NASA Research

NASA Research

 

USC Schools of Architecture and Engineering join forces on NASA research award for Lunar and Martian construction using 3D printing and form finding technologies.

 

USC professors have won a highly prestigious NASA research award to develop new robotic construction technologies for building structures on the Moon and Mars. Professors Behrokh Khoshnevis (Industrial Engineering), Anders Carlson (Architecture), Neil Leach (Architecture) and Madhu Thangavelu (Astronautics) have been awarded a Phase 2 NASA Innovative Advanced Concepts [NIAC] research award for a project entitled, 'ISRU Based Robotic Construction Technologies for Lunar and Martian Infrastructure'. The project is based on the concept of 'In Situ Resource Utilization' [ISRU], and seeks to use resources readily available on the Moon and Mars as construction materials for novel robotic construction technologies in order to build infrastructure components such as roads, landing pads, blast walls and storage spaces. The project builds upon the success of an earlier NIAC Phase 1 award won by the team for a project entitled, 'Contour Crafting Simulation Plan for Lunar Settlement Infrastructure'.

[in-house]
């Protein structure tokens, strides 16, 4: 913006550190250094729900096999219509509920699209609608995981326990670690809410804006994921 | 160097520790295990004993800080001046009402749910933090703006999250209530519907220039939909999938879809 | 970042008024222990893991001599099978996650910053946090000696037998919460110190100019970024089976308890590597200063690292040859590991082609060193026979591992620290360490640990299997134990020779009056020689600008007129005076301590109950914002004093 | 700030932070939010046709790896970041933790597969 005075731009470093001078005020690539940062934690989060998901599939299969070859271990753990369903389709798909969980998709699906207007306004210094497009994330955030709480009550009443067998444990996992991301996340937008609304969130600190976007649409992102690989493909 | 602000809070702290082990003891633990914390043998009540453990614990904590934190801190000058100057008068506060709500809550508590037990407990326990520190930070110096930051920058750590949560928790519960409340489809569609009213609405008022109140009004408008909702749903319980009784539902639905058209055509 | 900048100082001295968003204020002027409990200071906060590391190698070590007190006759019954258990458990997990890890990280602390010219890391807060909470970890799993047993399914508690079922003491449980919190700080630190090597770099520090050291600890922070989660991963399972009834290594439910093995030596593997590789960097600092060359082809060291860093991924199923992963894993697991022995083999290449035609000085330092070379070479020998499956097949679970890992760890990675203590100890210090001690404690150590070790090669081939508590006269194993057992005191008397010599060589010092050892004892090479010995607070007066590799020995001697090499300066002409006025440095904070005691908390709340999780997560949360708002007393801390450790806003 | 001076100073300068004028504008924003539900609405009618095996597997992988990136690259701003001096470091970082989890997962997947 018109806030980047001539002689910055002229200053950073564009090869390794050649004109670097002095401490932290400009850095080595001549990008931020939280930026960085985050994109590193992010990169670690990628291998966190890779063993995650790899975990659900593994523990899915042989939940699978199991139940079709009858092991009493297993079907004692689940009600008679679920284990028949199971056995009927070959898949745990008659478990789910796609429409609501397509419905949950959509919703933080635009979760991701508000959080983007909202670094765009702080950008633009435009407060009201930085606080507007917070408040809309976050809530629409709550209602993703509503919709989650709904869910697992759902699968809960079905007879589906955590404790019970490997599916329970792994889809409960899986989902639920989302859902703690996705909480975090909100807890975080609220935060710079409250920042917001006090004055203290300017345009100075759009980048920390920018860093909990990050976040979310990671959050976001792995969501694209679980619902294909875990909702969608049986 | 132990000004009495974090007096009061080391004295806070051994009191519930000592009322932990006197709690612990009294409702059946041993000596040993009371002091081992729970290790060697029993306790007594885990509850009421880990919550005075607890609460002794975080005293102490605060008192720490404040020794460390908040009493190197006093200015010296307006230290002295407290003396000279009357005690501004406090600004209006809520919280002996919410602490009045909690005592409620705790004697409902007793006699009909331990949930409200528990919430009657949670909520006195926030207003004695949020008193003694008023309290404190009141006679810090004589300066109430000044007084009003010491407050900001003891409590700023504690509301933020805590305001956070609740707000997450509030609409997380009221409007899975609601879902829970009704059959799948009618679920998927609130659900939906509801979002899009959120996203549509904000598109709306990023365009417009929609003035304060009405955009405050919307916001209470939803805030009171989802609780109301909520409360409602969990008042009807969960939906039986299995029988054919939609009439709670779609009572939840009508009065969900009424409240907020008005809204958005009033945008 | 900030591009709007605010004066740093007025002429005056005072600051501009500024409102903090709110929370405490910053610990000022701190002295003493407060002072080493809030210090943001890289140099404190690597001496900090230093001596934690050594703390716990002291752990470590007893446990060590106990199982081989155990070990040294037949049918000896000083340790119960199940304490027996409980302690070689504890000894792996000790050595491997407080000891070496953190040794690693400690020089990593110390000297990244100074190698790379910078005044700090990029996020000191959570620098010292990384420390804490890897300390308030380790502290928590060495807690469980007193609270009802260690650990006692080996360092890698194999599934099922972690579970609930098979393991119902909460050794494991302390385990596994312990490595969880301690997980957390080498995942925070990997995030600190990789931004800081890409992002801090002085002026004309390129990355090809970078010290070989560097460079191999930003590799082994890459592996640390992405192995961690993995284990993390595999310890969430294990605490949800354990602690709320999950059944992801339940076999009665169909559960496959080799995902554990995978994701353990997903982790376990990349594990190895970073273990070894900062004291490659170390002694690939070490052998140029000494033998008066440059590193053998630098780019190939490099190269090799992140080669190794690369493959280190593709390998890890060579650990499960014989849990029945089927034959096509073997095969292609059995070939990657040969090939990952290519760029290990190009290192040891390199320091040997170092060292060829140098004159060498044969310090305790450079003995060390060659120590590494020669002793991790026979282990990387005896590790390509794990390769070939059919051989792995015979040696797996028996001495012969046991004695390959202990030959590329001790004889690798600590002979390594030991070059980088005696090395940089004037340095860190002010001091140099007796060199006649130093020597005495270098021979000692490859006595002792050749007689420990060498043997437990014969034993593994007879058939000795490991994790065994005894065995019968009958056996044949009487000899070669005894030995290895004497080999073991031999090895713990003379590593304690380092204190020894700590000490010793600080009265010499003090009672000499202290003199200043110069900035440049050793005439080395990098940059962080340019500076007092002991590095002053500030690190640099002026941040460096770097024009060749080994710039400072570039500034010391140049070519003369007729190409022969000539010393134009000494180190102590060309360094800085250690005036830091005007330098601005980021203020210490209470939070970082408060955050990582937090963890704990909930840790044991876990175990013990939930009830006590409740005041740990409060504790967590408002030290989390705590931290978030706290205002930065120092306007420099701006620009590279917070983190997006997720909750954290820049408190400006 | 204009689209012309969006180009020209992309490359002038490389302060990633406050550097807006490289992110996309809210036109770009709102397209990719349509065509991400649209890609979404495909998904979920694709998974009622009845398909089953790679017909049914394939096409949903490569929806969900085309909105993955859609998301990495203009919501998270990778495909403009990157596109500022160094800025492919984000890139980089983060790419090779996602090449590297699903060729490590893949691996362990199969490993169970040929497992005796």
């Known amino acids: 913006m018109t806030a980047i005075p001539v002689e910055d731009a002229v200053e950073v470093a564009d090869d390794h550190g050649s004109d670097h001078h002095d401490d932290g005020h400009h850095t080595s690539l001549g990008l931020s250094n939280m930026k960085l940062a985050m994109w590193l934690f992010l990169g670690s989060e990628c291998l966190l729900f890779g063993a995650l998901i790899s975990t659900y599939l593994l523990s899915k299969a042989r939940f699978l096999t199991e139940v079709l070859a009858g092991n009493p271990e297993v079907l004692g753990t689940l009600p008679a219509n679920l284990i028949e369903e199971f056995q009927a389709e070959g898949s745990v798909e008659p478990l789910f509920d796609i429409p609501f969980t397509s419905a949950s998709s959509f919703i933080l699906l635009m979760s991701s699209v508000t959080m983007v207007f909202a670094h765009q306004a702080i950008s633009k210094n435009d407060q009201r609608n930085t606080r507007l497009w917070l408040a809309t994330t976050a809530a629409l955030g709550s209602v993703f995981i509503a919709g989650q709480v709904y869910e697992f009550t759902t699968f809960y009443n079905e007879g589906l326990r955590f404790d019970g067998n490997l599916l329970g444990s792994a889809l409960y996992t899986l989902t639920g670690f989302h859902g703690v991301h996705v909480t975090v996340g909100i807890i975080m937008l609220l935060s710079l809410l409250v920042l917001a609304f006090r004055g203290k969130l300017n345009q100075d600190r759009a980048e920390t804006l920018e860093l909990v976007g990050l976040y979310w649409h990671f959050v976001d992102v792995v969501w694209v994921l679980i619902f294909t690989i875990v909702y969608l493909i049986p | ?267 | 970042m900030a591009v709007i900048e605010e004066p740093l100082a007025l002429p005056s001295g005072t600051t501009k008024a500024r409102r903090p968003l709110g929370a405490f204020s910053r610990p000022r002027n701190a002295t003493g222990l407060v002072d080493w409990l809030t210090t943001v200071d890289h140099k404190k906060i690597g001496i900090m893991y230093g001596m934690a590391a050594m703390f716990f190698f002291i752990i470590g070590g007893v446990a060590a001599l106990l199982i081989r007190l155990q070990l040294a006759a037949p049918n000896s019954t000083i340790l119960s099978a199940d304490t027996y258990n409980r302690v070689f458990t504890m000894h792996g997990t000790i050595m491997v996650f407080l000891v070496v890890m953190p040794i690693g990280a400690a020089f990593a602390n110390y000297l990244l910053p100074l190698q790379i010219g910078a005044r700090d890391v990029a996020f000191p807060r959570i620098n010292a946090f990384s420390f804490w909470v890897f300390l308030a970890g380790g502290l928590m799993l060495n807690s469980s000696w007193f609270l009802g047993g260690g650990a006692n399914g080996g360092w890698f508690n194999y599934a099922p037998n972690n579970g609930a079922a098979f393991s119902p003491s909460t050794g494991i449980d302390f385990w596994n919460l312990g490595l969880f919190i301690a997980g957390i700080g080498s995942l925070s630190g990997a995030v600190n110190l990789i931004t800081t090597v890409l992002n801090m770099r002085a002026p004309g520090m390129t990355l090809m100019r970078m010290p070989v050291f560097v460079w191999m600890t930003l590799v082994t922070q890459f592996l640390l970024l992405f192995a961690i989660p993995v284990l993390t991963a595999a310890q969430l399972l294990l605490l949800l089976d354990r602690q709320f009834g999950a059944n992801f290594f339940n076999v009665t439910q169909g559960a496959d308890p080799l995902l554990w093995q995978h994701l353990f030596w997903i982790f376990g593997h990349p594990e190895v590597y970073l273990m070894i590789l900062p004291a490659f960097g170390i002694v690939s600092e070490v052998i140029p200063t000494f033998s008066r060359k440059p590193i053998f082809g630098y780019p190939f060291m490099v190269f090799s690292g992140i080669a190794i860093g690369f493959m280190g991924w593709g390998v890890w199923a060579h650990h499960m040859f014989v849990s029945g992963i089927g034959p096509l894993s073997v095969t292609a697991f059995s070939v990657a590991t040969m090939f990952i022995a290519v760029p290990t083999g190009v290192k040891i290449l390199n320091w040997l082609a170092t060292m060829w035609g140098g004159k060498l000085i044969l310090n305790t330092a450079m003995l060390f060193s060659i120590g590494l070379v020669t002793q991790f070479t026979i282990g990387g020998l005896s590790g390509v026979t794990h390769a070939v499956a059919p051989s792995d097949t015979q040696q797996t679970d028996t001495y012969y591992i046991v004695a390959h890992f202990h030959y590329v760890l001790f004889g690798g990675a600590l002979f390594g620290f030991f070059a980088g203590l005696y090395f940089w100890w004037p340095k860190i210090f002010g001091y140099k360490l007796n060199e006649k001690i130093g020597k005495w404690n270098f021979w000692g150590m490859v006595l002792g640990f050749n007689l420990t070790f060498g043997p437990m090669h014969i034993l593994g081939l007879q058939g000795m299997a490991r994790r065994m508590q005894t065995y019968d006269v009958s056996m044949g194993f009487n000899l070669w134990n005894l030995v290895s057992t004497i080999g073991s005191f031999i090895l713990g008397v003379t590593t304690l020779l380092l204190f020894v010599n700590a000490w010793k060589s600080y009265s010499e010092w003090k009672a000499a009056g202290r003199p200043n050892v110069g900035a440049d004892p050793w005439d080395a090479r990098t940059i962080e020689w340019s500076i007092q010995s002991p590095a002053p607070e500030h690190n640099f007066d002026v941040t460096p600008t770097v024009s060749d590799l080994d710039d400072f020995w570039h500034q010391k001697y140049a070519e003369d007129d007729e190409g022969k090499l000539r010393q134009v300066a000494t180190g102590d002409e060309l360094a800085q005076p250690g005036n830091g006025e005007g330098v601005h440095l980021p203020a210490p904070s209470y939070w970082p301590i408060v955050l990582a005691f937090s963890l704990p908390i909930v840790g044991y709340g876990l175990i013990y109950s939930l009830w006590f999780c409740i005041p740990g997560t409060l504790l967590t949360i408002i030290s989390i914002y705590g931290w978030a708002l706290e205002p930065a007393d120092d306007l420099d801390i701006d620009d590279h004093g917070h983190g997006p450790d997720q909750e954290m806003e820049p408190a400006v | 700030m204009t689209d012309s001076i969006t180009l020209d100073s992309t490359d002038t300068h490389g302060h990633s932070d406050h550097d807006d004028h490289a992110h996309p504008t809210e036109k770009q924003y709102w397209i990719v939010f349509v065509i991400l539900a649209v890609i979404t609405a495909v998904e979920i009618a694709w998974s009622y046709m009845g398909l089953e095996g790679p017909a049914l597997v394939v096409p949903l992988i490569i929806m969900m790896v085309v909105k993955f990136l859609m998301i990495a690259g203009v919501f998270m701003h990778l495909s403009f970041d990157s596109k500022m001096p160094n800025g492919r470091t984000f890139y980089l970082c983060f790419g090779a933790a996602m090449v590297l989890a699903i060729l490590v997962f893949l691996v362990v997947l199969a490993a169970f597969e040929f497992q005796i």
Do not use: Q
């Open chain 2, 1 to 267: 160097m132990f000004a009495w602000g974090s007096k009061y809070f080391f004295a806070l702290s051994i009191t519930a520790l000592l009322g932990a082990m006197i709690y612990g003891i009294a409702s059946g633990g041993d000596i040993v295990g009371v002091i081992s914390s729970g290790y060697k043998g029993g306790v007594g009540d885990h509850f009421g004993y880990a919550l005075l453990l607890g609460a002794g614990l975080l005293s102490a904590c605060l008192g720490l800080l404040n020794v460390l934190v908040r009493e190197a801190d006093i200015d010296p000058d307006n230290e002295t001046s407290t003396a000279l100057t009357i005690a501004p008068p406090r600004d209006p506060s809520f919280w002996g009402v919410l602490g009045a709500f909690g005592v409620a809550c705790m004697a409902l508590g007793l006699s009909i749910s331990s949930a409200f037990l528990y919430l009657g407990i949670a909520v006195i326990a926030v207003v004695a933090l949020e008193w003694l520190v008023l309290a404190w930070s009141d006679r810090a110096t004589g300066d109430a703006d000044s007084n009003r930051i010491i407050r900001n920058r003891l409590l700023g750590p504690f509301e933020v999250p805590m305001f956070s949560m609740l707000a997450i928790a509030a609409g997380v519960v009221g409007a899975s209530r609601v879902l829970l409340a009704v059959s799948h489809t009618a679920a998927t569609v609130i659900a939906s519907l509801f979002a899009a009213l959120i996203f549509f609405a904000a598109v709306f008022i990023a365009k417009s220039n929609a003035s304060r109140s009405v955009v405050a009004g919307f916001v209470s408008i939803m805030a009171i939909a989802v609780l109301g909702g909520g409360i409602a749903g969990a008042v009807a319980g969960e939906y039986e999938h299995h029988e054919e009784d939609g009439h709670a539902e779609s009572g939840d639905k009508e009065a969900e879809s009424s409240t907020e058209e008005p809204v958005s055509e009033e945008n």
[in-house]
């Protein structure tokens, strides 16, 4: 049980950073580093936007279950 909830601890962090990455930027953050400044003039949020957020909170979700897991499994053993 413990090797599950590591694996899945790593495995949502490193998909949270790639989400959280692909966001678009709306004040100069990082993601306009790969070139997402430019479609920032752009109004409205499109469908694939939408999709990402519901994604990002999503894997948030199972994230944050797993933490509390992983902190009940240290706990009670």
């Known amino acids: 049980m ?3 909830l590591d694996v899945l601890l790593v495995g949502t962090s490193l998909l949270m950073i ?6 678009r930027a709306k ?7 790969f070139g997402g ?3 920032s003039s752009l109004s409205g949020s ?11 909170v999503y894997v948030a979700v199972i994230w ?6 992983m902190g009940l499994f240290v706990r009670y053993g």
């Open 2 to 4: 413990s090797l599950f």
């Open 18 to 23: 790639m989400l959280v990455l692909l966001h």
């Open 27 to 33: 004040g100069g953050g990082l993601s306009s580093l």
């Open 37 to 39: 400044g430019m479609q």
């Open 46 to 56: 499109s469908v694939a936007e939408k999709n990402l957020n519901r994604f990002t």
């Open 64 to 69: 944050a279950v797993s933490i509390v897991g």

Assistant Professor Anders Carlson is Co-PI on the project. He is examining the environmental variables affecting infrastructure design including extreme thermal cycling, radiation, micrometeorite impacts, vacuum, and moon or Mars gravity. Integrated design is being investigated to understand the importance of each environmental constraint and its comparison to design on earth. His focus is on assessing the viability of different structural forms influenced by the Lunar and Martian environments, construction methods and sequencing, and heat transfer. The research will rely on informed parametric design to conduct optimal form-finding based on environmentally imposed constraints and various competing objectives including material processing, transport and quantity.

 

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